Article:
What do the community think about open fires- burning either wood or coal- for people with lung disease?

I've been diagnosed with bronchiectasis in the past year, though had it for much longer- took more than 2 years to get specialist referral, GP just kept saying it was my asthma/indigestion/post nasal drip.......... Happily now under control with azithromycin on alternate days. It is getting round to the winter and we have always had an open fire on cold evenings. I'm now wondering if this could make my symptoms worse.

10 Replies

  • We don't have a coal fire but have holidayed a number of times in cottages that do. I haven't found they have affected me, maybe made the air a little dry so I have always made sure I drink plenty of fluids (water and wine!). I think keeping warm is the most important thing and the warmth of a coal fire is wonderful. That said, if in doubt have a word with your GP or respiratory nurse.


  • I think it would be important to have an efficient chimney, swept regularly. Nowadays the sweep leavesa certificate or report. Trouble is it costs. 2 years ago it was £70 so I'm weighing up whether or not it's worth it for the occasional fire.

    I use those pre-formed logs sometimes that are probably diabolical if the fumes were breathed directly. Mostly I use smokeless fuel. I think modern wood burners are supposed to be regulated regarding the burning of wood/coal etc.

    It's worth looking on a website about it as there are clean air laws now too.

    The other day I was walking my dog (in my smokeless zone area) and found my self choking on someone's chimney smoke & had to cover my nose & mouth - I'm only mild so I imagine it would be worse for others.... peeg

  • Be aware that open fires aren't a good idea for oxygen users...... seriously, if a fire is burning properly and the chimney is clean, then wouldn't the heat take all the smoke, fumes etc. up the chimney ? It would also mean that fresh air is being brought into the room, if you have adequate ventilation (known in my youth as a draught)

  • There was a similar post about this a few days ago,,,i have a open fire,,because i live in a small village we are restricted to oil or multi burners and storage heaters,,i have never suffered by having a open fire,,,have the chimney swept reguarly,,it costs £26.. which is for house or bungalow,, I burn both logs and coal,,have learnt to clear ash asp from the fireplace,,even a walk round the village in the evening( with torches,, no street lights either),never affects me although you can smell it in the air,,,maybe i,m just lucky,,,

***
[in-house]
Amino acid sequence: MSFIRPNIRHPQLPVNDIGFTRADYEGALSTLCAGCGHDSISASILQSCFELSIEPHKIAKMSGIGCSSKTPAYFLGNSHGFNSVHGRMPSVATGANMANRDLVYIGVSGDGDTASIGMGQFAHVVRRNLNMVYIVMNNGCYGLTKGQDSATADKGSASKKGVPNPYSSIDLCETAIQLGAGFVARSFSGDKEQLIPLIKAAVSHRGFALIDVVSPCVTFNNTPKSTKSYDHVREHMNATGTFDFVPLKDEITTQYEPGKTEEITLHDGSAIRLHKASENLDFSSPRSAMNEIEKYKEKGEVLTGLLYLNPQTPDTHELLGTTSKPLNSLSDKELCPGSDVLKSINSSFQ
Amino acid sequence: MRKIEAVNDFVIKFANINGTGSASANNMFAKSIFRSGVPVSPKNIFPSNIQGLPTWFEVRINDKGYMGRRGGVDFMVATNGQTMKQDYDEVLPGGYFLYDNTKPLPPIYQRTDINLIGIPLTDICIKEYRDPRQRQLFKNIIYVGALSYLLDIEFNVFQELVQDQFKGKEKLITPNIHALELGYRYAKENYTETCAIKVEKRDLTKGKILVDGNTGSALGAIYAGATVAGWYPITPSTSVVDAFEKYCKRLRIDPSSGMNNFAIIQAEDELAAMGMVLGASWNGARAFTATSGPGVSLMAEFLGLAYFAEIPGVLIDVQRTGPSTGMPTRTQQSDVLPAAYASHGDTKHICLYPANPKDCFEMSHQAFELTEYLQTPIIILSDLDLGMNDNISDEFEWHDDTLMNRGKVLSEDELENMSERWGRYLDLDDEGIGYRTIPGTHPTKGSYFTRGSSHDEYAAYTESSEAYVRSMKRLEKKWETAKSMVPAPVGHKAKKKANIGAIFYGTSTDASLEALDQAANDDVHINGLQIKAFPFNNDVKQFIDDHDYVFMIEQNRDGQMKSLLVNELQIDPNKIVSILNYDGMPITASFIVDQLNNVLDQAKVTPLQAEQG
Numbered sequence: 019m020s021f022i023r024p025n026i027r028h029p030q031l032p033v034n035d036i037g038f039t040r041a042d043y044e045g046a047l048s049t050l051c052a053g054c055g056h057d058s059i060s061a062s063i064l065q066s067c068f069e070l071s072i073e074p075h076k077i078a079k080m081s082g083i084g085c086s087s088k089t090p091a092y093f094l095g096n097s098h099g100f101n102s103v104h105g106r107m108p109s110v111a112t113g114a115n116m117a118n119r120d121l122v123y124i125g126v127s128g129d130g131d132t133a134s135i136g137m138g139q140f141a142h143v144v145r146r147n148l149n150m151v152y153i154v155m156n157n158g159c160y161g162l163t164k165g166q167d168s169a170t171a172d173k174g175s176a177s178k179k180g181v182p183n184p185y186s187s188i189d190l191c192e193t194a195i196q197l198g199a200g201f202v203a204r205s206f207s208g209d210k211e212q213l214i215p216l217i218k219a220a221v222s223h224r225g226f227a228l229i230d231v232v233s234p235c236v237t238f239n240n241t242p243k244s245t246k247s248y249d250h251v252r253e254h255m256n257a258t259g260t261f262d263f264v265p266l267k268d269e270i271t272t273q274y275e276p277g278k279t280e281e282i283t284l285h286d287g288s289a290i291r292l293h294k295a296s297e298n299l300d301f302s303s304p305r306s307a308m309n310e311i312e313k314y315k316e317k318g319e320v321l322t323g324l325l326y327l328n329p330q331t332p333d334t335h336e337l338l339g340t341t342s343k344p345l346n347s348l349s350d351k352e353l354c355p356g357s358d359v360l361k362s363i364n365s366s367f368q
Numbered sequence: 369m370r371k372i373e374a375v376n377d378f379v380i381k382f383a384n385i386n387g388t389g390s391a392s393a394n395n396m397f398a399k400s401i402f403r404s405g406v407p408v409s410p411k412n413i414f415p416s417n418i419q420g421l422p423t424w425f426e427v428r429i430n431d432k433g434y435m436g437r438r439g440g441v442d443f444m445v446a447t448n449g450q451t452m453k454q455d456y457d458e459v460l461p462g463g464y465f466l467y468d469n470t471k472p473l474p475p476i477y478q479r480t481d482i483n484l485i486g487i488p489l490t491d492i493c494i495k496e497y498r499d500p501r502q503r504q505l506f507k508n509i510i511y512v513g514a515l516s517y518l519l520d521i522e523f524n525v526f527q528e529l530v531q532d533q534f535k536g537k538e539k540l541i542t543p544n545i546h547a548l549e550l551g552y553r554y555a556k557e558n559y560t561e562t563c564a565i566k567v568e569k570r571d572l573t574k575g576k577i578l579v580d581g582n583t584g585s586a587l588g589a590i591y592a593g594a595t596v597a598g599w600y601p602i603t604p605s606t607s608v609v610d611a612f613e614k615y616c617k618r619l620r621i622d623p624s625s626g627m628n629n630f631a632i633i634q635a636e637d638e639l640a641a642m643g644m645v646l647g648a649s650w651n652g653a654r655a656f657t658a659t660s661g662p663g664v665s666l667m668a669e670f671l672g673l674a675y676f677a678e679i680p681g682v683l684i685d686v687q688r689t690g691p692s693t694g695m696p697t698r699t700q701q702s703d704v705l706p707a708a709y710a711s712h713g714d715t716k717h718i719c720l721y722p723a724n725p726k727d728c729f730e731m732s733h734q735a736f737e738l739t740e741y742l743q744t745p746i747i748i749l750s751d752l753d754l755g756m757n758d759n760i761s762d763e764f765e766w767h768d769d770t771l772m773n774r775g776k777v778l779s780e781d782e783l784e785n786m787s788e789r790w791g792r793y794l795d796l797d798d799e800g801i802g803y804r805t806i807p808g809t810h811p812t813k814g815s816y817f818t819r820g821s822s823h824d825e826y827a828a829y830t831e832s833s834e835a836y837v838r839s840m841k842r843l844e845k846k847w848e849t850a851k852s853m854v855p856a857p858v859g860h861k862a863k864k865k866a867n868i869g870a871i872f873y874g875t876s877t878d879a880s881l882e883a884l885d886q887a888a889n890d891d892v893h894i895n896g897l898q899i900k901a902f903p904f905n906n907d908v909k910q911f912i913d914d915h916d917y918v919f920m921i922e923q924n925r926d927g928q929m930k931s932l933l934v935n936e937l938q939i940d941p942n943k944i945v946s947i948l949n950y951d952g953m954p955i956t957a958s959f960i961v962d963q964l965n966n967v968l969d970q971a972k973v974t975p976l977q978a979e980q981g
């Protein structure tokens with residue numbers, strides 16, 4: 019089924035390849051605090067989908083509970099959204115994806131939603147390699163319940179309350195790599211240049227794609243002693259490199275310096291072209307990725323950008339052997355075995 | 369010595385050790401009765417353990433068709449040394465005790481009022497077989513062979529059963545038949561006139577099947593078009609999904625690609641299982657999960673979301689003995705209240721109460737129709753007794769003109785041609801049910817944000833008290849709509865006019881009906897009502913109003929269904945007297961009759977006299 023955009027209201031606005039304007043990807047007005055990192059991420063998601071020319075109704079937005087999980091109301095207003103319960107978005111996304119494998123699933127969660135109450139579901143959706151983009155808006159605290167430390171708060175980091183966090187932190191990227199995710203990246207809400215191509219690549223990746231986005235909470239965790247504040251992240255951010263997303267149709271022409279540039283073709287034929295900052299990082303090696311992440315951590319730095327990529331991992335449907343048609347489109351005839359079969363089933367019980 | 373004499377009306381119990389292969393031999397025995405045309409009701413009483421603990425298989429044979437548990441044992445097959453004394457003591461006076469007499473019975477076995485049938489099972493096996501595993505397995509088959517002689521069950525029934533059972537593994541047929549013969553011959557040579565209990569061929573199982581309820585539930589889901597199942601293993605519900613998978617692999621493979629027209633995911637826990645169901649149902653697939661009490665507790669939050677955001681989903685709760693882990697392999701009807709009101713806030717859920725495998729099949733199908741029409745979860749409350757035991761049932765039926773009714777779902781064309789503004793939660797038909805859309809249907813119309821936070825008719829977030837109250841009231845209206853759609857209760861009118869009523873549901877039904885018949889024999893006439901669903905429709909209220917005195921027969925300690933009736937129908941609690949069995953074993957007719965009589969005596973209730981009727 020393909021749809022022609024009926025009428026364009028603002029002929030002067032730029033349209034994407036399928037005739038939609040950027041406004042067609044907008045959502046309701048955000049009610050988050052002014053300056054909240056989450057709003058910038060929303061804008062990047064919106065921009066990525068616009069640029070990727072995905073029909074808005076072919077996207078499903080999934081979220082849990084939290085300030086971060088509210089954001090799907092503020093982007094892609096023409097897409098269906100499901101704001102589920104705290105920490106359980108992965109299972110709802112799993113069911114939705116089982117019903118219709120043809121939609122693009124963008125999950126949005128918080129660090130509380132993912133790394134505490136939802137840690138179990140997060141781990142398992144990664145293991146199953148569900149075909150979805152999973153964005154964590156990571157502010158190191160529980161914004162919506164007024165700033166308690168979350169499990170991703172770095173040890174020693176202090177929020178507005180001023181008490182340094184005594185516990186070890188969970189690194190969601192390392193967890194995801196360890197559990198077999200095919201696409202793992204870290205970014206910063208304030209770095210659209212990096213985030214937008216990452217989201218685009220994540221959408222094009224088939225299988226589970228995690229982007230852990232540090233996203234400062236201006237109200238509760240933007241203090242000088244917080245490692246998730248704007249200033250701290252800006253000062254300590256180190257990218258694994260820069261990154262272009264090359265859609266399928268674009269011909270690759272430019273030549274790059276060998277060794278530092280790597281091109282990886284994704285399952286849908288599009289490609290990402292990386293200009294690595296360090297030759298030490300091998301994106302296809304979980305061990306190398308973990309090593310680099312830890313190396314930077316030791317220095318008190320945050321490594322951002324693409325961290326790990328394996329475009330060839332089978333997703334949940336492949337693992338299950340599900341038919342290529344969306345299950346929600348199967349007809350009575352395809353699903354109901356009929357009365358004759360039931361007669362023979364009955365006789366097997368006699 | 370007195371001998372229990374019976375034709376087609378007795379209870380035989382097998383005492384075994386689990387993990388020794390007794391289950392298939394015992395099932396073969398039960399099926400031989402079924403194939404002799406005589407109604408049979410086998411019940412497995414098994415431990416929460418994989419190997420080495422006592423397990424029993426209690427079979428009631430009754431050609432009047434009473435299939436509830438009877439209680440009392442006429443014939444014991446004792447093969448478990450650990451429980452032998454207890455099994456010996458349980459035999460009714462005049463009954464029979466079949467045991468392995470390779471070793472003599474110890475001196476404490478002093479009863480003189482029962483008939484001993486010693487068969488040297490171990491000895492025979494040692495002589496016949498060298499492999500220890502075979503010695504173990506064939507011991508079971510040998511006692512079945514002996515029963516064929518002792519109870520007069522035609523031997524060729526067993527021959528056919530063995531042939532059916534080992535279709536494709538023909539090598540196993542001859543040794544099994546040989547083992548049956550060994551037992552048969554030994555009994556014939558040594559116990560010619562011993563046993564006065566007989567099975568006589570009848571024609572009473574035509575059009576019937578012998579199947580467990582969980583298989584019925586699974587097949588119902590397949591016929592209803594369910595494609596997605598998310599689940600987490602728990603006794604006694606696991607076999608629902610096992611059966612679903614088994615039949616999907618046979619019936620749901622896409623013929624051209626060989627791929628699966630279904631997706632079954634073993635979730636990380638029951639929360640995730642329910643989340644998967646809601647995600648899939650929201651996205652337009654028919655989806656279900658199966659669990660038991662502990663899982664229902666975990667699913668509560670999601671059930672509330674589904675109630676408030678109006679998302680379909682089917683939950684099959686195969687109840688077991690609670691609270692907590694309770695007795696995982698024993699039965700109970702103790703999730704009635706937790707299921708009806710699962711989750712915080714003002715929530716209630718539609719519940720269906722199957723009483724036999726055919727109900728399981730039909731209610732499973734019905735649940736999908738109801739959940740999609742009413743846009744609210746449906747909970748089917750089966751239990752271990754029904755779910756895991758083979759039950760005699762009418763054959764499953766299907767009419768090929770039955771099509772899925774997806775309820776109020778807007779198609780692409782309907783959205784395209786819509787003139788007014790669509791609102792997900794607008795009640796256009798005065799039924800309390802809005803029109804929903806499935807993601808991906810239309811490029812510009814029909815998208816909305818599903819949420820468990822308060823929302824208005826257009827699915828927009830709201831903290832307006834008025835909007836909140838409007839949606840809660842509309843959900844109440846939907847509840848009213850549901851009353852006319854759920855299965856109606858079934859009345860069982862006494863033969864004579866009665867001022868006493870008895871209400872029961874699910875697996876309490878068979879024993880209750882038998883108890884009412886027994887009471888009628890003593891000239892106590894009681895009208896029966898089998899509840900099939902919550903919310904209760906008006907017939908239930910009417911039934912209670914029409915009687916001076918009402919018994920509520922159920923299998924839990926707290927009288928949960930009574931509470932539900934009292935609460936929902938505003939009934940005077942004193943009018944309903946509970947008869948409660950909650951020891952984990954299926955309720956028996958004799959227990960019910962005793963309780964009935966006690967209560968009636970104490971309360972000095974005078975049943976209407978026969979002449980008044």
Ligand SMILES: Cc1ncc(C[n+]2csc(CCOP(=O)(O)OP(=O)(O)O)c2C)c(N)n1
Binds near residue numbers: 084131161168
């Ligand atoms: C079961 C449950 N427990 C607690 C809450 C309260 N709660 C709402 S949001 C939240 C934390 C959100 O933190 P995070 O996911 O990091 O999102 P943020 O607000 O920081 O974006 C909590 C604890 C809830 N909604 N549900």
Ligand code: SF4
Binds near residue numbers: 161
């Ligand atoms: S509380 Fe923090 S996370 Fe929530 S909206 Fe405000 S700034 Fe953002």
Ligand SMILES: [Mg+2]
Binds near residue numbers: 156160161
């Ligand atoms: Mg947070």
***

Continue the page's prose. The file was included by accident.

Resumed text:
• My husband and I go to the West Coast of Ireland every year and usually stay in a B&B. Last year, we decided to use a cottage (in the same village). This cottage had an open fire and we were supplied with a load of turf slabs.

    These gave off great heat and the smell was wonderful. I had no ill effects when we used the turf and I am diagnosed as having severe COPD.

    I would say any possible effects would differ from person to person.


  • Im not sure about smoke and bronchiectasis but smoke of any kind is a no-no for people with copd. Diagnoses are rising hugely for women in places like Africa and India who do not smoke but cook indoors on wood burning stoves, due to the fumes and particulate matter in the smoke. As with most things how far this affects us will vary but ventilation must be very important. And best to use a good quality mask if clearing out ashes - jean

  • I have bronchiectasis and I have to avoid smoke like the plague. However, I think this illness affects people differently, as well as smoke I can't tolerate steam and dust. Maybe you have to think back and try to remember if your condition was worse when you were in contact with the open fire or, in fact any other smoke.

  • I have COPD I moved to a mining area of our town all old cottages lovely place but the most of them have coal fires I had only been hear for twelve months before I was diagnosed

  • My husband suffers from asthma and our neighbour installed a wood burner without planning permission. It is too low and smoke blows into our garden and windows 365 days of the year. My husband's lung age has increased from last year's medical which placed them at 38 (his age at the time) to 47 this year. Our local council will not enforce this flue being brought down despite the considerable social and health nuisances involved. If you are affected in a similar way, please visit our Facebook page and "like" us. facebook.com/aschimneys

  • i to me i be in a cvofin within an hour, i live in Wales and thank god there are not so many coal fires now .

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